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Video: Women Unsatisfied With Body and Breasts, Less Likely to Comply With Screenings, Including Mammography

The National Women's Health Resource Center's Breast Cancer Study Also

Shows 82% of Women Do Not Know the #1 Risk Factor for Breast Cancer

RED BANK, N.J., Sept. 23 /PRNewswire/ -- According to a new study by the not-for-profit National Women's Health Resource Center (NWHRC), the nation's leading source for women's health information, women who are dissatisfied with their overall physical appearance are significantly less likely to be up to date with preventive screenings, such as mammography and breast self-exam.

To view the Multimedia News Release, go to:

The national survey, conducted by Greenberg Quinlan Rosner, as part of the NWHRC's new Learn.Love.Commit. breast cancer awareness campaign, finds that women who feel good about their overall physical appearance are more likely to have had mammograms (68% versus 59%) or Pap smears (78% versus 61%) than women who are unsatisfied with their overall physical appearance.

"Making the connection between self-esteem and preventive care is a big step to helping women understand that if they love themselves on the outside, they are more likely to take better care of themselves on the inside," said Elizabeth Battaglino Cahill, RN, executive director of the NWHRC. "Our new breast cancer campaign seeks to not only give women the information they need on breast cancer risk factors, screening and treatment, but also encourages them to feel self confident and worthy enough to take preventive steps to keeping themselves healthy."

Understanding Risk

Despite women believing they are knowledgeable and have the information they need about breast cancer, only 18 percent of women in the survey correctly identified age as the number one risk factor. Sixty-four percent of respondents incorrectly believe that family history is the single greatest factor. Even more disturbing, older women in the survey were no more likely to think they are at risk for breast cancer than other women, showing that they do not fully appreciate the importance of age as a risk factor for breast cancer.

The survey also finds that women with a family history of breast cancer can no more accurately identify the leading risks associated with breast cancer or demonstrate knowledge about breast cancer overall than other respondents.

Cost Largest Impediment to Not Obtaining Mammogram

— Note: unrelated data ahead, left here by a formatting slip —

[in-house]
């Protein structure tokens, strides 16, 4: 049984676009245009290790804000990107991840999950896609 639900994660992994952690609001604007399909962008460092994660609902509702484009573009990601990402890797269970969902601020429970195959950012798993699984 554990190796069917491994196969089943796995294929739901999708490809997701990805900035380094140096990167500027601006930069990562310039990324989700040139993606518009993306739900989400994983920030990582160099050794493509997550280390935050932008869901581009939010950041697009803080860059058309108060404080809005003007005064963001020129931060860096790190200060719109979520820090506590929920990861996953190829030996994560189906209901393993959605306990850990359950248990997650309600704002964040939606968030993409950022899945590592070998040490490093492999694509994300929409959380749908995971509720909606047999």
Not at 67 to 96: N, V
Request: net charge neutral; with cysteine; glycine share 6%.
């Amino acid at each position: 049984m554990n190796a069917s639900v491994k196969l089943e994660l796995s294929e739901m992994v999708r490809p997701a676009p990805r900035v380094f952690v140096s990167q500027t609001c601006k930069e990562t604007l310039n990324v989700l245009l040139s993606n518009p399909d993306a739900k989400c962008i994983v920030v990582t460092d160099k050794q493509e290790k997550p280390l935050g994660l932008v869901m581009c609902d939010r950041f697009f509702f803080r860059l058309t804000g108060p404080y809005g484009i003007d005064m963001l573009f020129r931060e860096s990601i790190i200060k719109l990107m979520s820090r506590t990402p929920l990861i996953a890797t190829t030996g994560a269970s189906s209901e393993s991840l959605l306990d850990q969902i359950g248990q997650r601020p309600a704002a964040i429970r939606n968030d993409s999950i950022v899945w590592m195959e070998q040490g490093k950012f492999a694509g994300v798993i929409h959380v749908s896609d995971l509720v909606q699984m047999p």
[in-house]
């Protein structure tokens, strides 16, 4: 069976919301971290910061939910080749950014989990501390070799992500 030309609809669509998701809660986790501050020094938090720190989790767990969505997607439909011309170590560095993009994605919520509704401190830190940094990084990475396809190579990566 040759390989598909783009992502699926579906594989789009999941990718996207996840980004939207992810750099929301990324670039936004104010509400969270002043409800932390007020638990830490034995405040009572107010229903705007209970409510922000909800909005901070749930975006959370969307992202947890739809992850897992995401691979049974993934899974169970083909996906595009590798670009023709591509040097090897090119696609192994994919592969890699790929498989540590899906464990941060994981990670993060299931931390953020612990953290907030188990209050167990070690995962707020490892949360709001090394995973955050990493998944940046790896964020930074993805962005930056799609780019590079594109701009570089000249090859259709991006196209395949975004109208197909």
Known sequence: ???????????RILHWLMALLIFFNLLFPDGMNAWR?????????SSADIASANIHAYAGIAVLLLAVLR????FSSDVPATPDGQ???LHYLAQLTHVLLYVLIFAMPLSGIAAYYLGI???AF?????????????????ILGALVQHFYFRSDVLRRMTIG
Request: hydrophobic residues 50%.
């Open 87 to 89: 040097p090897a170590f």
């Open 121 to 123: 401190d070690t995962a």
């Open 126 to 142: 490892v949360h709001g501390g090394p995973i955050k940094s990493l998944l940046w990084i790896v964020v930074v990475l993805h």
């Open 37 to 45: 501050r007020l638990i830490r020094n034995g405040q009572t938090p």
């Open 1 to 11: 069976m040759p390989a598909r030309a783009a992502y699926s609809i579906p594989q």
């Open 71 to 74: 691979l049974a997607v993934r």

Overall, women say they are well informed about both breast cancer and screening recommendations. Seventy-five percent correctly stated that women should have a mammogram once a year and nearly the same number (74%) reported having had a mammogram in the last year.

Looking specifically at the women in the survey who had not had a mammogram in the past year, the key factor is not lack of awareness, but rather cost. Twenty-one percent of women say they cannot afford to get a mammogram.

"With screening technologies becoming more accurate and advanced, coupled with the number of local programs offering free mammograms, women need to know these options are available in their communities," says Lydia Komarnicky, M.D., chair of the Department of Radiation Oncology at Drexel University College of Medicine and medical advisor for the NWHRC's Learn.Love.Commit. campaign.

Breast Cancer: Women's Greatest Health Concern

For a portion of this study, NWHRC teamed with REDBOOK magazine to ask women about their greatest health concerns and their attitudes about surviving a diagnosis of breast cancer. Fifty-one percent of respondents identified breast cancer as the top health concern about which they worry versus those who worry about heart attack (48%), diabetes (42%) and lung cancer (31%).

The study also found that most women are relatively confident that they could survive breast cancer but, at the same time, 40 percent of respondents report that their biggest fear if diagnosed would be dying. Additionally, two-thirds of women (66%) say they are most concerned about the treatment itself or its side effects, including those who mentioned going through chemotherapy or surgery (35%), being sick or weak (19%) or losing a breast (12%).

For more information on the 2008 Breast Cancer Awareness Survey, to learn more about NWHRC's Learn.Love.Commit. campaign, or to request an interview with a breast cancer health professional, please visit

The Learn. Love. Commit. campaign is supported by an educational grant from Eli Lilly, & Co.

Press Contact:

Marisa Rainsberger

877-986-9472, x 108

SOURCE National Women's Health Resource Center (NWHRC)
Copyright©2008 PR Newswire.
All rights reserved

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